Skip to main content
The Desert Shall Blossom As the Rose : Pioneering Irrigation / John A. Widtsoe
All Faculty Publications
  • J. Michael Hunter, Brigham Young University - Provo
  • Irrigation,
  • Water Management,
  • Water Supply,
  • Mormon Pioneers,
  • John A. Widtsoe,
  • Utah Agriculture,
  • Economic Development in the West,
  • Salt Lake City,
  • Salt Lake Valley
Beginning in 1847 Mormon pioneers used irrigation or the artificial application of water to land and soil in order to establish an agrarian system in Utah’s sub-humid Salt Lake Valley. Early leaders and members of The Church of Jesus Christ of Latter-day Saints (LDS Church) viewed irrigation as a means of fulfilling the biblical prophecy of Isaiah, “The desert shall rejoice, and blossom as the rose” (Isaiah 35:1), although early pioneers and leaders realized that the Salt Lake Valley was not exactly a desert. In fact, some Mormon leaders described it as a “rich fertile valley.” Although a few Mormon pioneers had prior experience with irrigation, the early Mormon pioneers in Utah initially had a difficult time establishing an effective irrigation system. “The Desert Shall Blossom As the Rose: Pioneering Irrigation” provides an overview of the struggles and successes of early Mormon irrigation efforts. This article was originally published in Pioneer, Summer 2003, pages 10-14. Published in this same issue on pages 24-25 was the sidebar entitled “John A. Widtsoe,” which describes Widtsoe as “an international authority on soil chemistry, irrigation, and dry-farming.”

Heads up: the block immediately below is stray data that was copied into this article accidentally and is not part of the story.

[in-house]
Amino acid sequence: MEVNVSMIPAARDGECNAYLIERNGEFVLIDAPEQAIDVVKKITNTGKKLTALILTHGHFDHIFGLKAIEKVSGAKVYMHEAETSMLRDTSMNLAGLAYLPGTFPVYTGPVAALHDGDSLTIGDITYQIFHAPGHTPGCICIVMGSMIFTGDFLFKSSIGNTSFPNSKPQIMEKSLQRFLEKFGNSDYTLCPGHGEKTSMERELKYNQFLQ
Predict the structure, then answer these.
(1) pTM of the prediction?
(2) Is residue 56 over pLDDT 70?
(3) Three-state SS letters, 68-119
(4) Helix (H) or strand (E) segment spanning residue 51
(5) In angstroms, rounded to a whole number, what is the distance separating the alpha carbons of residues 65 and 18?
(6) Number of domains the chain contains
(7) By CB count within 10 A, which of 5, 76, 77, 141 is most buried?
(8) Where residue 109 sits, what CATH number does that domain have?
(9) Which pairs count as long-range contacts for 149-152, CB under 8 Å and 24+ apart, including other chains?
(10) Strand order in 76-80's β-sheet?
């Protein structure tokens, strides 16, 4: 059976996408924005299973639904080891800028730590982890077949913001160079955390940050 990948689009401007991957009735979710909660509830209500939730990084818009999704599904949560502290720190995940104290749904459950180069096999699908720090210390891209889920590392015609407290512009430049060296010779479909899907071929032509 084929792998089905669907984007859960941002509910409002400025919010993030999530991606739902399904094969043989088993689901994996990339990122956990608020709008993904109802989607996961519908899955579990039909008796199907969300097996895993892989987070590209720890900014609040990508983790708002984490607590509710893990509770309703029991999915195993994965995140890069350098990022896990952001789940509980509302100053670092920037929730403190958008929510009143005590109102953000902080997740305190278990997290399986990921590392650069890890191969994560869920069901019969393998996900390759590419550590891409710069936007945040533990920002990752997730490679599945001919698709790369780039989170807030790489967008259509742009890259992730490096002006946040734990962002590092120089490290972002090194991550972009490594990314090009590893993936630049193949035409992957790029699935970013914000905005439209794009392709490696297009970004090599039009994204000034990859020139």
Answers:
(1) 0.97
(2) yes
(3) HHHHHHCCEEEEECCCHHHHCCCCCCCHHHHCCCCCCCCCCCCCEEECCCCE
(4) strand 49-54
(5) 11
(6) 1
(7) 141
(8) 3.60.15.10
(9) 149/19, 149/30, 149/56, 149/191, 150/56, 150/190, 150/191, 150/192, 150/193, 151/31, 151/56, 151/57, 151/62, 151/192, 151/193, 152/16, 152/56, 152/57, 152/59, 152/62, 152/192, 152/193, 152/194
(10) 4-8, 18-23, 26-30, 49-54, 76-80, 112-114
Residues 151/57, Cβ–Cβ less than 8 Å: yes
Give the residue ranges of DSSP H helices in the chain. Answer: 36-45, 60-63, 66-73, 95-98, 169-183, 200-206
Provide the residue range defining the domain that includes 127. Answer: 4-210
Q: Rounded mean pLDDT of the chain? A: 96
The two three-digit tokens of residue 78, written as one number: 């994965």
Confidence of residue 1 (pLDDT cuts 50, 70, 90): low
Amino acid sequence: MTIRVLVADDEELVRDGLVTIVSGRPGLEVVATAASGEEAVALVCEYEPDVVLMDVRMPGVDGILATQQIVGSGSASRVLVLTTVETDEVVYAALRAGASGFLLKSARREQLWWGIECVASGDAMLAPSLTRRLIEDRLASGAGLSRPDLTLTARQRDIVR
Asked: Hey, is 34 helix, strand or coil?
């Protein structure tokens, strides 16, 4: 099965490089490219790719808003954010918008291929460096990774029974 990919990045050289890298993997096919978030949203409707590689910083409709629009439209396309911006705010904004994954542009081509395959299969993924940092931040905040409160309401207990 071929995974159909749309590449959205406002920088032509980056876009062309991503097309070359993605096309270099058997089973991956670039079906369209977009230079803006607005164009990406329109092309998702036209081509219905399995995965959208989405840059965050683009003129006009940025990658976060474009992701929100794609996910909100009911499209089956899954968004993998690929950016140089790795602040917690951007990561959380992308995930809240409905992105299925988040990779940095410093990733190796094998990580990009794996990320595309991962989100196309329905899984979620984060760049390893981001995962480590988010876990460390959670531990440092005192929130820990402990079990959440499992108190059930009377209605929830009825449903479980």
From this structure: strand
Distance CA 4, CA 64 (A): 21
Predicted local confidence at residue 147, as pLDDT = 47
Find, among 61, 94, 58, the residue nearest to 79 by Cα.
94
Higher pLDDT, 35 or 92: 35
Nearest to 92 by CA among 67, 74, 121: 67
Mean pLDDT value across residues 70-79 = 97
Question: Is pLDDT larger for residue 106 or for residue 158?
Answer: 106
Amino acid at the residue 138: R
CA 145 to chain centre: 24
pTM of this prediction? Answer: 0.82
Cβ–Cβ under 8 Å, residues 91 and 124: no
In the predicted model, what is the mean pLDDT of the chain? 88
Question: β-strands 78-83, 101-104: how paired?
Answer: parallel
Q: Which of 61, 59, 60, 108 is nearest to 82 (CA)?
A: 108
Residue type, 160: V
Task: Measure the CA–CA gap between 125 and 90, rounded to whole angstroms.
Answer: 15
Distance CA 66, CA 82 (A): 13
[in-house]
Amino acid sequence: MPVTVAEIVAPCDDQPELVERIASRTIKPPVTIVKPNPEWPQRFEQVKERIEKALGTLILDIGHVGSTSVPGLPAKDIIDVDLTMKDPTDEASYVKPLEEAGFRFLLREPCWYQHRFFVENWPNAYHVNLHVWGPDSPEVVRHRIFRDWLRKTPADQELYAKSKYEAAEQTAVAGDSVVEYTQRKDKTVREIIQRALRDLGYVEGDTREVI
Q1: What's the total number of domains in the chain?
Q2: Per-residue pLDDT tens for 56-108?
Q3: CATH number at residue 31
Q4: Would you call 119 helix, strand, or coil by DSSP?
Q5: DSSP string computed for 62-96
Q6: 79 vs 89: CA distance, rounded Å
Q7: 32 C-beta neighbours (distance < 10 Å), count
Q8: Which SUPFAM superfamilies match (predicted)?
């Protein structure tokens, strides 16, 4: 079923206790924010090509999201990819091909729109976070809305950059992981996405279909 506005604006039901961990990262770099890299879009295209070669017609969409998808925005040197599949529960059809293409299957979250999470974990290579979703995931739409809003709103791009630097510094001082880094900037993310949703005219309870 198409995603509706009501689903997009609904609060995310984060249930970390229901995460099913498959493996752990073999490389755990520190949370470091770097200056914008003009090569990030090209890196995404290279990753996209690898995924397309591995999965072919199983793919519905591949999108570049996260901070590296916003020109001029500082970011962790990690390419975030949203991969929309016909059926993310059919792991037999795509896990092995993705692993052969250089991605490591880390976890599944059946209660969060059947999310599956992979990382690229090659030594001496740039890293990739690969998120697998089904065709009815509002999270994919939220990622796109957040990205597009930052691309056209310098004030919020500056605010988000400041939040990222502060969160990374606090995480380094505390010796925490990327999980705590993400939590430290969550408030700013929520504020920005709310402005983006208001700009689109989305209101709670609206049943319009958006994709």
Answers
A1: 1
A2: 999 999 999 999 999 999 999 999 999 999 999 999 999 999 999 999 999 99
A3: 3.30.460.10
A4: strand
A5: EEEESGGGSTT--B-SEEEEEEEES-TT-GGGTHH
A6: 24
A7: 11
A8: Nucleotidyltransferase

Original Publication Citation
J. Michael Hunter, "The Desert Shall Blossom As the Rose: Pioneering Irrigation / John A. Widtsoe," Pioneer, Summer 2003, 10-14, 24-25.
Document Type
Publication Date
Permanent URL
Sons of Utah Pioneers
Harold B. Lee Library
Citation Information
J. Michael Hunter. "The Desert Shall Blossom As the Rose : Pioneering Irrigation / John A. Widtsoe" (2003)
Available at: